Even in his rare failures, Mariano Rivera was a Hall of Famer

The greatest measure of why Mariano Rivera was the first unanimous selection to the Hall of Fame is not his all-time record save total, or his incredibly low career ERA and WHIP, his incomparable postseason dominance or the fact that for nearly two decades, he was almost universally acknowledged to be not only the best at what he did, but the best who ever did it.

What set Rivera apart is that after 19 big-league seasons, 652 saves and 96 mostly flawless October appearances, his failures are more memorable than his successes.

That is because for Rivera, success was a nightly routine and failure was an aberration.

There was the blown save in Game 7 of the 2001 World Series, the blown save in Game 4 of the 1997 ALDS, and the handful of rough regular-season patches that were sprinkled throughout his otherwise spotless career.

Otherwise, venturing nightly into the most dangerous neighborhood a major-league baseball player can inhabit – the ninth inning of a close game before the most unforgiving fan base in sports – Rivera bled all the drama out of a supercharged situation.

Unless you’re Chuck Yeager, you don’t want excitement in a routine plane ride and unless you’re a masochist, you don’t want your ninth innings to be a tightrope walk. Mo made the ninth inning boring, and what of it? Like a good pilot, you could count on him to get you home safe and sound.

For 16 of his 19 seasons – minus his first in which he failed as a starter, his second in which he served as John Wetteland’s set-up man, and his second-to-last, cut short after nine appearances by a knee injury – Rivera turned Yankee games into eight-inning affairs. He changed the way both managers – his and his opponent’s – ran their games. If you didn’t get the New York Yankees before Mo came in, odds are you weren’t getting them.

Out of 732 regular-season opportunities, Rivera blew 80 saves. That means roughly nine out of every 10 times he went to the mound, he got the job done.

And in the postseason, he was even better; in 96 appearances, he saved 42 games and blew just four. Can you imagine a hitter with that rate of success?

On the weekend that we commemorate the 50th anniversary of the Apollo 11 moon landing, it is worth repeating that more men have walked on the moon (12) than have scored off Mariano Rivera in the postseason (11). His ERA in the most important games of all is a ridiculous 0.70.

NEW YORK, NEW YORK - JUNE 23:   Former New York Yankee and 2019 Baseball Hall of Fame inductee Mariano Rivera participates during the teams Old Timers Day prior to a game between the Yankees and the Houston Astros  at Yankee Stadium on June 23, 2019 in New York City. (Photo by Jim McIsaac/Getty Images)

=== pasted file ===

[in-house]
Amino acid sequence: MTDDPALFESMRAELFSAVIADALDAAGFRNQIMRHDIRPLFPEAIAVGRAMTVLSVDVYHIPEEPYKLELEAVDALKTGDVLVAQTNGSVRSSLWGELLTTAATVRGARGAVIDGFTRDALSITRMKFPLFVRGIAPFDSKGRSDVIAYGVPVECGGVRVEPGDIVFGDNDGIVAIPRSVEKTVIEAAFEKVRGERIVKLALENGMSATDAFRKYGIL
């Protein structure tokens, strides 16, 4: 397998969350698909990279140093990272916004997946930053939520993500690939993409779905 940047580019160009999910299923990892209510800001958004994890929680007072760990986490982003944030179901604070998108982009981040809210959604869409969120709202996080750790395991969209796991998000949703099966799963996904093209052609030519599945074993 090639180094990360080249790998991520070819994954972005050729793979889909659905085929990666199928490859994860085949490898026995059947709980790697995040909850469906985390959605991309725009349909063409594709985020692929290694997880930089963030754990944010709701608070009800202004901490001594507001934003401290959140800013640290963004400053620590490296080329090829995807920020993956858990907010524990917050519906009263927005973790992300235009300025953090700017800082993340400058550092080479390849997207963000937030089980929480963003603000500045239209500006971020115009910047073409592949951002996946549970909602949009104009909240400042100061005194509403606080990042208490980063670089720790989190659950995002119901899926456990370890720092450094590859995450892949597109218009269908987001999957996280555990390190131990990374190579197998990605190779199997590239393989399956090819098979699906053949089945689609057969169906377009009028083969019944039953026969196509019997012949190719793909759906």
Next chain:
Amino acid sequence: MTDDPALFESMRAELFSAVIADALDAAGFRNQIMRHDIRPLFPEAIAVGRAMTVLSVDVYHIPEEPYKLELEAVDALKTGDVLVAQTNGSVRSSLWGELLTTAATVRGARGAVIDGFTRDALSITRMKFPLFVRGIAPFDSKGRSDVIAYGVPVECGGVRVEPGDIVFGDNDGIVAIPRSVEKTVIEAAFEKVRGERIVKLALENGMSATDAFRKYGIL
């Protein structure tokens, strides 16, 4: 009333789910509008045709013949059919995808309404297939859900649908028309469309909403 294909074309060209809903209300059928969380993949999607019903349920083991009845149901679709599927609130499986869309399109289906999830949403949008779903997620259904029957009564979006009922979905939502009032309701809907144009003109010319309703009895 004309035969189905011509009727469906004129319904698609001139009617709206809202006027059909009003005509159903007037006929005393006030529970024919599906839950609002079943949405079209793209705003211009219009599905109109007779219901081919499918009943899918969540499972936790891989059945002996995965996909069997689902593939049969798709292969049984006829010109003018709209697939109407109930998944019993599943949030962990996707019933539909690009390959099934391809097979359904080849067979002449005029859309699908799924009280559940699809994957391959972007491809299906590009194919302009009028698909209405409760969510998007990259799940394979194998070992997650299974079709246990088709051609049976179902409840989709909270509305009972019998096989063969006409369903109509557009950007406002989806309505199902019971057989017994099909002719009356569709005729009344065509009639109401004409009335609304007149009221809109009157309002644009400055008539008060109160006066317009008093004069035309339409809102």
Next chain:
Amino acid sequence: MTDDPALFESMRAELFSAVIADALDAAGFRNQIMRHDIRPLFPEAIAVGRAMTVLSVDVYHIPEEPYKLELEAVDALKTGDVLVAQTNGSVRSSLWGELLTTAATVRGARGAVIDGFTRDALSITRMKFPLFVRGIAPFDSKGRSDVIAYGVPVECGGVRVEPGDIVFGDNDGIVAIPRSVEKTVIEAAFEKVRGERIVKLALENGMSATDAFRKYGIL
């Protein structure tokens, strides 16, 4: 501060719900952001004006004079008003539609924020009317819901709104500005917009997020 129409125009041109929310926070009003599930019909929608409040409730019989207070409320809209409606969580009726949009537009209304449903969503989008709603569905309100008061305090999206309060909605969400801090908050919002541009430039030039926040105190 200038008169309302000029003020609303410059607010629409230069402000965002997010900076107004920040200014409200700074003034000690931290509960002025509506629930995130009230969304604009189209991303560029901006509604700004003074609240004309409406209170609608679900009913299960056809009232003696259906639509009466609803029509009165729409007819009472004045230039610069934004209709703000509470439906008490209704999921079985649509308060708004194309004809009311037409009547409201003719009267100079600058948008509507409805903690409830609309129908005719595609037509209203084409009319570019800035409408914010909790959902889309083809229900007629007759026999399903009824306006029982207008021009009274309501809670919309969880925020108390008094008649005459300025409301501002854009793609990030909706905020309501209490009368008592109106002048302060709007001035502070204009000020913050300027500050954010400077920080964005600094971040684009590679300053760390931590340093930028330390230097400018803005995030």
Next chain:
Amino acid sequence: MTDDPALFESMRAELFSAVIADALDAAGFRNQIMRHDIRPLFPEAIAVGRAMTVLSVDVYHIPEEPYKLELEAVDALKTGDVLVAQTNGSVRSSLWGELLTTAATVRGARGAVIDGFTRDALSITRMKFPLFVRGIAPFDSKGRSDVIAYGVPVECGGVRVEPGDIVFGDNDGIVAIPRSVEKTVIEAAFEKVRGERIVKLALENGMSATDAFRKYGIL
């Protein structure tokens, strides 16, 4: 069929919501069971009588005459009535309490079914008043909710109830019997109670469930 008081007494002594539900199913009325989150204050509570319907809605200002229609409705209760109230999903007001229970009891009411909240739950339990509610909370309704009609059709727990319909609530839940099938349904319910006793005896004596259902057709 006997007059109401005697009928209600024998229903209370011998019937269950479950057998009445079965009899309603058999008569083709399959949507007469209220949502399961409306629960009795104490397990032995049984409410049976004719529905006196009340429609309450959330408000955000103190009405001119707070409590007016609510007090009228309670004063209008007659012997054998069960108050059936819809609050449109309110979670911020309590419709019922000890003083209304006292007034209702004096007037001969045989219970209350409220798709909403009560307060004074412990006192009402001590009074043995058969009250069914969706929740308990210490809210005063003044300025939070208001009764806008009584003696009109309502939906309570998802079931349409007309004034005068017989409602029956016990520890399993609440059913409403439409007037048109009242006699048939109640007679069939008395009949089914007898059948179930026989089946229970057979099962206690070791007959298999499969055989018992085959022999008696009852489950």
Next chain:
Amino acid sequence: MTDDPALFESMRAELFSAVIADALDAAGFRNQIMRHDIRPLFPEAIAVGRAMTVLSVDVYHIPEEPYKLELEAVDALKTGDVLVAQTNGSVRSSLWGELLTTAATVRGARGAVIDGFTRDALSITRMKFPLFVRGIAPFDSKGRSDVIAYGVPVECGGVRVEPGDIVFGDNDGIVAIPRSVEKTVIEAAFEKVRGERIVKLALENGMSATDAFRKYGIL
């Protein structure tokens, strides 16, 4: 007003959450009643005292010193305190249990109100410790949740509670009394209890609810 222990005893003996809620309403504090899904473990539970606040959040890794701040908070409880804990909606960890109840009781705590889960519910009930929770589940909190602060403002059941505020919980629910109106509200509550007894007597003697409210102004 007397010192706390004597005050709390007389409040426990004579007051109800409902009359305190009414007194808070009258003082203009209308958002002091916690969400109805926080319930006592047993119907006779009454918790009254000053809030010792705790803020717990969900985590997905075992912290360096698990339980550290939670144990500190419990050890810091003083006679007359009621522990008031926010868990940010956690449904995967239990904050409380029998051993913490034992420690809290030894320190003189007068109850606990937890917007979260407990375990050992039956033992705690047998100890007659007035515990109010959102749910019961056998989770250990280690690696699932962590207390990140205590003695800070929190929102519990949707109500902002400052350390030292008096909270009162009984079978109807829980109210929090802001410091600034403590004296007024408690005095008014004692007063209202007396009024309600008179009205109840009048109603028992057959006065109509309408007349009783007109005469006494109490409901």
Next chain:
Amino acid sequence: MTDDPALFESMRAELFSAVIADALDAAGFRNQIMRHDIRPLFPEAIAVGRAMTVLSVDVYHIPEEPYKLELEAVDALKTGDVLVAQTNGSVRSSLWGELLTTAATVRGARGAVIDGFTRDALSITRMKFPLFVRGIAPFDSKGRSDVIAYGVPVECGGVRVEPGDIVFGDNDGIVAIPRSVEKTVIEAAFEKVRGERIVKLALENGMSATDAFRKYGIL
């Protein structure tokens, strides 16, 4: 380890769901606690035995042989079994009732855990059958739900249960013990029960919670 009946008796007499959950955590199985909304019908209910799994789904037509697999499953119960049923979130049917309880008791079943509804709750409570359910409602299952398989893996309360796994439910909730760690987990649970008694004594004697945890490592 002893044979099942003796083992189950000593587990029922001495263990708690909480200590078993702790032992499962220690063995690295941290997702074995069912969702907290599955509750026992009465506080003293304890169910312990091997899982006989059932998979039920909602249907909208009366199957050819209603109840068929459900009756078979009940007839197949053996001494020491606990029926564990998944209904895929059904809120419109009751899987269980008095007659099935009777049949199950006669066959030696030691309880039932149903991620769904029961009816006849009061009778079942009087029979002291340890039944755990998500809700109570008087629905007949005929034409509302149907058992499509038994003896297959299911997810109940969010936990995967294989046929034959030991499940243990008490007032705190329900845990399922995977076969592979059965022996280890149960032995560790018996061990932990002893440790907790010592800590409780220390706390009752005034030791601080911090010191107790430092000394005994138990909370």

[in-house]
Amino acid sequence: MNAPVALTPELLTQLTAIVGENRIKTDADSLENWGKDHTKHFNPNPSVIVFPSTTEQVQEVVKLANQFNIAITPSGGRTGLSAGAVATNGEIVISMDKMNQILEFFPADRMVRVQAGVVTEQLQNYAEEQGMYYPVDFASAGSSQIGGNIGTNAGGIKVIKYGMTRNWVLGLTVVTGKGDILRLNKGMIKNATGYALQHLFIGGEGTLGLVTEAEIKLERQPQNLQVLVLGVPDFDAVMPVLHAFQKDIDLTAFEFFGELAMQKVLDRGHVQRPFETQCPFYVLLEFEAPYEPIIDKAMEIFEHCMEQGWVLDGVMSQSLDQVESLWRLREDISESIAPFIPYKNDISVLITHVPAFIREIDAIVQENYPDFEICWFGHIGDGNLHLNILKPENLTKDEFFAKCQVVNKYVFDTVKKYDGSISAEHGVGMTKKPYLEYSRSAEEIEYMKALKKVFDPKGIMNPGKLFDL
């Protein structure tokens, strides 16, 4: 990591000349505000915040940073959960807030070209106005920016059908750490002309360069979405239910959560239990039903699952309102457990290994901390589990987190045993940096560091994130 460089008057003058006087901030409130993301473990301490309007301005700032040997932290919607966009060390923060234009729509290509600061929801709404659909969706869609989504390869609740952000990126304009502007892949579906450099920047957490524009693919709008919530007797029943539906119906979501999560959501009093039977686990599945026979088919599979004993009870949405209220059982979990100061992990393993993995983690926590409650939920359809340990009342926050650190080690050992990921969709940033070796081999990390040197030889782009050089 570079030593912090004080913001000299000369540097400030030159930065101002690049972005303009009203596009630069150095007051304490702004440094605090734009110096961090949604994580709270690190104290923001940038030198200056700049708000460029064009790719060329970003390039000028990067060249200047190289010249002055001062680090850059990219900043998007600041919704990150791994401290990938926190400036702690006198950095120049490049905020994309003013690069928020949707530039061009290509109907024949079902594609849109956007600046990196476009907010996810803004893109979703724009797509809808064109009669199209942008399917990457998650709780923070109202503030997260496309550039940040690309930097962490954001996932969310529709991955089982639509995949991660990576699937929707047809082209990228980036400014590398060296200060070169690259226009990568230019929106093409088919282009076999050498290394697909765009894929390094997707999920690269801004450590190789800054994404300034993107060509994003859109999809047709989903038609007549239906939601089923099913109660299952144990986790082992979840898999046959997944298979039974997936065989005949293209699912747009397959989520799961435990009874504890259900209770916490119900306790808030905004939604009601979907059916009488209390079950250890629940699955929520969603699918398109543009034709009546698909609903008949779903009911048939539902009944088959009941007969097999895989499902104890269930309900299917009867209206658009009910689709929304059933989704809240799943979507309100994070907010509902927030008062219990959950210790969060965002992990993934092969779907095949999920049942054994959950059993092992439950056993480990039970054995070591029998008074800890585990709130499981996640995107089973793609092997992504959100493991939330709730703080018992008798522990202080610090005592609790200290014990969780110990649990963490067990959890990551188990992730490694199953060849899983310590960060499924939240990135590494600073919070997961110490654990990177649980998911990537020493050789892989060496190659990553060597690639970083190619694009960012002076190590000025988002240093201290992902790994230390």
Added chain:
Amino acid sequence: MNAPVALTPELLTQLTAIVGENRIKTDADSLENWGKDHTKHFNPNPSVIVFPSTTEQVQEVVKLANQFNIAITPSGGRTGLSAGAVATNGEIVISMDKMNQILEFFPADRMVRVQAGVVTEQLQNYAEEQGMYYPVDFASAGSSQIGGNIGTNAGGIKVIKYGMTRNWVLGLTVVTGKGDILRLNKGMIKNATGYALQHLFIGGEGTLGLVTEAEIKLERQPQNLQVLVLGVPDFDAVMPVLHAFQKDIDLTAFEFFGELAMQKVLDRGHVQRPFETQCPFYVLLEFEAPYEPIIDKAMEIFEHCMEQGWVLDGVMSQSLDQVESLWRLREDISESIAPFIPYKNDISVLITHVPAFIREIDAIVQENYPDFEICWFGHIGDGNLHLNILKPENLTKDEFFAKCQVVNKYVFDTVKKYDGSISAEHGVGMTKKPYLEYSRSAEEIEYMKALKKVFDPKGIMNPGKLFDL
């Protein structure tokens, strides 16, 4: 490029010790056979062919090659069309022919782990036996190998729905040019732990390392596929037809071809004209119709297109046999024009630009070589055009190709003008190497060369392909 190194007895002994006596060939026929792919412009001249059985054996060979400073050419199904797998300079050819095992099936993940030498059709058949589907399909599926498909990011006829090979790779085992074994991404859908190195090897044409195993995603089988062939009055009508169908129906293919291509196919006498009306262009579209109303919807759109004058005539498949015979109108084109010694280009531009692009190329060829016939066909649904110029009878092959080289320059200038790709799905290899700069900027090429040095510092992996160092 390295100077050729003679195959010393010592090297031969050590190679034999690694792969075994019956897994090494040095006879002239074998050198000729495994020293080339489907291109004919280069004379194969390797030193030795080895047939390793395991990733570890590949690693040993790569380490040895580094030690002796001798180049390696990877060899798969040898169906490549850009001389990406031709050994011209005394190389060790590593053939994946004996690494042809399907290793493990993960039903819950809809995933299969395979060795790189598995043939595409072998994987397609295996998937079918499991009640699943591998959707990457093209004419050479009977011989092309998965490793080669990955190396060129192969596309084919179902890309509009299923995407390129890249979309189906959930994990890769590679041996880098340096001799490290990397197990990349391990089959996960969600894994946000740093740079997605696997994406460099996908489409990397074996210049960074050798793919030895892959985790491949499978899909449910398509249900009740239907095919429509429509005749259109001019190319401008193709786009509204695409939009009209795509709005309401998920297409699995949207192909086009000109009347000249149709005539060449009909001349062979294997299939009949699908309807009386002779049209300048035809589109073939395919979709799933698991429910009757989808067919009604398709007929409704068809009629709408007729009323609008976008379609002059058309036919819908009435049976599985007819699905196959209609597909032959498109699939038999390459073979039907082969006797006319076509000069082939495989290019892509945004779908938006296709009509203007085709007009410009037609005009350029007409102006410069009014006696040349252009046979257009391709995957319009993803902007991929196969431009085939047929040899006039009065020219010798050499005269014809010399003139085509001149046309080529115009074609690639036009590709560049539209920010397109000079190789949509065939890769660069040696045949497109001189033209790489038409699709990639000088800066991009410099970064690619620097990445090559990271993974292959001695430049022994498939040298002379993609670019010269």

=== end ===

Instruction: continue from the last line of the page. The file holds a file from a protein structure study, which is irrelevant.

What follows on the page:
Baseball could not have chosen a better representative than Mariano Rivera to be the last player to wear No. 42. (Getty Images)

He did it all with one pitch, that cutter that dropped like a bowling ball and ate up bats like a chainsaw. There was no deception. Here it is. Try and hit it. Few could.

But numbers hardly do this man justice.

In my 19 years of covering him, the most memorable moment of all came at the lowest possible time for him.

That, of course, was when he blew the save, and the World Series, against the Arizona Diamondbacks in 2001.

It seemed as sure a bet as a Yankee fan could hope for, a one-run lead in the ninth inning with Rivera on the mound. But six batters, 14 pitches, a throwing error, a hit batter and two runs later, all bets were off.

Rivera had blown the save and because we were on West Coast time, I was about to blow deadline.

So I stayed in the press box and finished off my column before heading down to the losing clubhouse. By the time I got there, just about everyone was gone.

Everyone, that is, but Mariano Rivera. And even though he had already patiently answered every question posed by every writer who had gotten down there on time, he graciously remained and answered every one of those same questions from me.

I can’t remember a single answer but I’ll never forget the kindness and dignity he displayed on what had to be a devastating night for him. Baseball could not have been luckier than to have had him be the last player in its history to wear the No. 42.

Mo was a Hall of Fame person that night, 18 years before he officially became a Hall of Famer.

In the moment of his greatest failure, Mariano Rivera managed to pull off one more save.

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